Plastic packaging inquiry launched

By Rod Addy contact

- Last updated on GMT

The inquiry will explore the potential of a tax on packaging containing less than 30% recycled materials
The inquiry will explore the potential of a tax on packaging containing less than 30% recycled materials
An inquiry into plastic packaging for food and drink is being launched by the Environment, Food and Rural Affairs (EFRA) Committee, aiming to track progress on developing eco-friendly alternatives and how they perform.

The initiative also aims to explore the idea of a tax on plastic packaging containing less than 30% recycled materials and the idea of recouping recycling costs from packaging producers themselves.

“Plastic currently pollutes this country’s soils, rivers and coasts, with millions of tonnes of plastics used in the UK every single year,”​ said EFRA Committee chairman Neil Parish MP. “It has become a global environmental problem. Once plastic packaging becomes waste, most of it does not biodegrade – which damages the environment and affects a range of marine species. 

“The Committee is keen to find out what progress has been made in developing and using more environmentally friendly alternatives to plastics and how they perform when compared to plastic food and drink packaging.

“It is imperative that we find practical ways to protect the environment and reduce the risks posed by increasing plastic pollution. We also hope to highlight how Government action may help to alleviate this significant threat.”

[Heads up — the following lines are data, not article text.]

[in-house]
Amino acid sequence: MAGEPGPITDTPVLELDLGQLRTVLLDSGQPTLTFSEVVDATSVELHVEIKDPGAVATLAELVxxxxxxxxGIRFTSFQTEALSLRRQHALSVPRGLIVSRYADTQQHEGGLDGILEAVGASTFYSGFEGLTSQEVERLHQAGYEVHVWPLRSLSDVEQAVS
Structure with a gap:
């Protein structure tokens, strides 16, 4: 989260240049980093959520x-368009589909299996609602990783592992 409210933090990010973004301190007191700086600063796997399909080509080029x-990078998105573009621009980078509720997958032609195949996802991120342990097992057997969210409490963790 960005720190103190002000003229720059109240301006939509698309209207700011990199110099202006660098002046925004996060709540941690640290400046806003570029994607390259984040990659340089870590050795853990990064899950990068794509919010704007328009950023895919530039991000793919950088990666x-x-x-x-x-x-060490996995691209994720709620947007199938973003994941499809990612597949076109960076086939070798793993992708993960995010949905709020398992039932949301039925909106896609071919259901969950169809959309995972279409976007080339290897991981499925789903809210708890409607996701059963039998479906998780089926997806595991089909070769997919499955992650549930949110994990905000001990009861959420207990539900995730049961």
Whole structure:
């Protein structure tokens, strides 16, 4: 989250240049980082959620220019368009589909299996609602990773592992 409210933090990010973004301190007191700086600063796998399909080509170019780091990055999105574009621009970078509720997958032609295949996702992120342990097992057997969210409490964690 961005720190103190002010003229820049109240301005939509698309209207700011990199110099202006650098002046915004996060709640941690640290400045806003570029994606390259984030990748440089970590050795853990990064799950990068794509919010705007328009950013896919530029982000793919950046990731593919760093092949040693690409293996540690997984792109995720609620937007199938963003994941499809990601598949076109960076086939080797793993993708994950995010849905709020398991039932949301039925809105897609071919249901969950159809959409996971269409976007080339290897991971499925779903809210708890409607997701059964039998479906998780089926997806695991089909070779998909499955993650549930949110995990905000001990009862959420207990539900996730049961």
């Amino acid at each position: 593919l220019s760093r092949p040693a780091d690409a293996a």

Committee questions

The Committee is seeking written submissions that address the following questions:

  • What progress have packaging manufacturers, food producers and retailers made in developing and using alternatives to, and reducing consumers’ use of plastic food and drink packaging?
  • What are the barriers to and opportunities for further innovation?
  • How do alternatives to plastic perform compared to plastic food and drink packaging?
  • Are there food and drink products for which it is essential to use plastic, or for which it is more difficult to develop and use alternatives?
  • Is there adequate research and development funding and support for alternatives to plastic food and drink packaging? 
  • What impact will the following two Government proposals have on reducing plastic food and drink packaging?
  • an extended producer responsibility scheme for packaging to ensure the costs of collection and recycling are borne by those that produce packaging and place it on the market, and
  • a tax on plastic packaging with less than 30% recycled plastic, to encourage manufacturers to produce more sustainable packaging and create greater demand for recycled material?

Contributors to the inquiry are invited to submit responses through the Committee’s web portal​ by midnight on 2 May.

Related topics: Packaging, Supply Chain

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